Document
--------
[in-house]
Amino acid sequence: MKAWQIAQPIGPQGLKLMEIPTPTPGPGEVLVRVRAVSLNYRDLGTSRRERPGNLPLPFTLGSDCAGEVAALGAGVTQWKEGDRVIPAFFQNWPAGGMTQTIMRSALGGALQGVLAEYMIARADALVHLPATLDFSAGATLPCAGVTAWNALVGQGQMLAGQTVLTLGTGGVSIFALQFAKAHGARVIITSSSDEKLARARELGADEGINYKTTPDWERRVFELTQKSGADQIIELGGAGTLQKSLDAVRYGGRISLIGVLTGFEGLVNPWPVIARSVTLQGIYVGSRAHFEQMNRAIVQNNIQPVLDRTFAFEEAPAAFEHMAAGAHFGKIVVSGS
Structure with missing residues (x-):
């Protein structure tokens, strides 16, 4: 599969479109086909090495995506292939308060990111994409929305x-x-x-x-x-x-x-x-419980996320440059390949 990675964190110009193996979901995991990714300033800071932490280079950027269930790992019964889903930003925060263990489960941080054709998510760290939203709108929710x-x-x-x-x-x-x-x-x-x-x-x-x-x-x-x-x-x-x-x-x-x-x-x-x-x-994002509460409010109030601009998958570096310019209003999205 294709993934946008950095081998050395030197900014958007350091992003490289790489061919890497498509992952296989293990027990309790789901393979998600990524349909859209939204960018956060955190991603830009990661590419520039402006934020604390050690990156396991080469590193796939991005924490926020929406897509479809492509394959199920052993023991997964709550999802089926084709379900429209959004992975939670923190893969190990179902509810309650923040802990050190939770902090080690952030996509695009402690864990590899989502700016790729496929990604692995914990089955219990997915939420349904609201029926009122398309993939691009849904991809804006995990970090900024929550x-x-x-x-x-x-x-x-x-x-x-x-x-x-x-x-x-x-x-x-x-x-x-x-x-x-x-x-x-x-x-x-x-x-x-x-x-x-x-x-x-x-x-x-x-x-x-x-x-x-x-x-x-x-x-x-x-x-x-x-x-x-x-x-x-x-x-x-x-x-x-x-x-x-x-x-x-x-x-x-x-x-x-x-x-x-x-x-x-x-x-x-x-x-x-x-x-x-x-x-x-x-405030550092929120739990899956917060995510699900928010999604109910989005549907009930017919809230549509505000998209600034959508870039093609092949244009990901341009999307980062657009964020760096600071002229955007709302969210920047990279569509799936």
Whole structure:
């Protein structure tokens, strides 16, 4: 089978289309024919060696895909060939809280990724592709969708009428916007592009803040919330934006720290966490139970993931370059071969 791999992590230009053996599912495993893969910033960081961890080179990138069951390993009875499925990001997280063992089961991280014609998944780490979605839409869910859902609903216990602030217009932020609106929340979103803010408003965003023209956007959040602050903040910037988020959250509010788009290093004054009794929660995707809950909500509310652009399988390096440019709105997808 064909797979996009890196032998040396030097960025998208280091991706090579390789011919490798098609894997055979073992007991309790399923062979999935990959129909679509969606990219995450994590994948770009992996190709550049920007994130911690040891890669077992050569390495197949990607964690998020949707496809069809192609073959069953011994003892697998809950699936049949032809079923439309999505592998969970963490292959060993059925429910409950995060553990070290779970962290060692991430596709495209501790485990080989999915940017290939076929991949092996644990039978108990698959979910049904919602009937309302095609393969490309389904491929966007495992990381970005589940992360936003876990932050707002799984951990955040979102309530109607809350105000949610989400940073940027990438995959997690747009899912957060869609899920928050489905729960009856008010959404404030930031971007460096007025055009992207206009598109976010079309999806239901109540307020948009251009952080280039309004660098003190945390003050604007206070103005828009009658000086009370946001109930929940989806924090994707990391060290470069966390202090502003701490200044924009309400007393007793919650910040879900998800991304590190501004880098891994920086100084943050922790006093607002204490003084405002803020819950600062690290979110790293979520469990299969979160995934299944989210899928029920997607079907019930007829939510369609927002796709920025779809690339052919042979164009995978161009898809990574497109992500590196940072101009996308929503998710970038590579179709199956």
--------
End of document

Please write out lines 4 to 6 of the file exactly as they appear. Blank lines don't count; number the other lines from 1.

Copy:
């Protein structure tokens, strides 16, 4: 599969479109086909090495995506292939308060990111994409929305x-x-x-x-x-x-x-x-419980996320440059390949 990675964190110009193996979901995991990714300033800071932490280079950027269930790992019964889903930003925060263990489960941080054709998510760290939203709108929710x-x-x-x-x-x-x-x-x-x-x-x-x-x-x-x-x-x-x-x-x-x-x-x-x-x-994002509460409010109030601009998958570096310019209003999205 294709993934946008950095081998050395030197900014958007350091992003490289790489061919890497498509992952296989293990027990309790789901393979998600990524349909859209939204960018956060955190991603830009990661590419520039402006934020604390050690990156396991080469590193796939991005924490926020929406897509479809492509394959199920052993023991997964709550999802089926084709379900429209959004992975939670923190893969190990179902509810309650923040802990050190939770902090080690952030996509695009402690864990590899989502700016790729496929990604692995914990089955219990997915939420349904609201029926009122398309993939691009849904991809804006995990970090900024929550x-x-x-x-x-x-x-x-x-x-x-x-x-x-x-x-x-x-x-x-x-x-x-x-x-x-x-x-x-x-x-x-x-x-x-x-x-x-x-x-x-x-x-x-x-x-x-x-x-x-x-x-x-x-x-x-x-x-x-x-x-x-x-x-x-x-x-x-x-x-x-x-x-x-x-x-x-x-x-x-x-x-x-x-x-x-x-x-x-x-x-x-x-x-x-x-x-x-x-x-x-x-405030550092929120739990899956917060995510699900928010999604109910989005549907009930017919809230549509505000998209600034959508870039093609092949244009990901341009999307980062657009964020760096600071002229955007709302969210920047990279569509799936």
Whole structure:
């Protein structure tokens, strides 16, 4: 089978289309024919060696895909060939809280990724592709969708009428916007592009803040919330934006720290966490139970993931370059071969 791999992590230009053996599912495993893969910033960081961890080179990138069951390993009875499925990001997280063992089961991280014609998944780490979605839409869910859902609903216990602030217009932020609106929340979103803010408003965003023209956007959040602050903040910037988020959250509010788009290093004054009794929660995707809950909500509310652009399988390096440019709105997808 064909797979996009890196032998040396030097960025998208280091991706090579390789011919490798098609894997055979073992007991309790399923062979999935990959129909679509969606990219995450994590994948770009992996190709550049920007994130911690040891890669077992050569390495197949990607964690998020949707496809069809192609073959069953011994003892697998809950699936049949032809079923439309999505592998969970963490292959060993059925429910409950995060553990070290779970962290060692991430596709495209501790485990080989999915940017290939076929991949092996644990039978108990698959979910049904919602009937309302095609393969490309389904491929966007495992990381970005589940992360936003876990932050707002799984951990955040979102309530109607809350105000949610989400940073940027990438995959997690747009899912957060869609899920928050489905729960009856008010959404404030930031971007460096007025055009992207206009598109976010079309999806239901109540307020948009251009952080280039309004660098003190945390003050604007206070103005828009009658000086009370946001109930929940989806924090994707990391060290470069966390202090502003701490200044924009309400007393007793919650910040879900998800991304590190501004880098891994920086100084943050922790006093607002204490003084405002803020819950600062690290979110790293979520469990299969979160995934299944989210899928029920997607079907019930007829939510369609927002796709920025779809690339052919042979164009995978161009898809990574497109992500590196940072101009996308929503998710970038590579179709199956």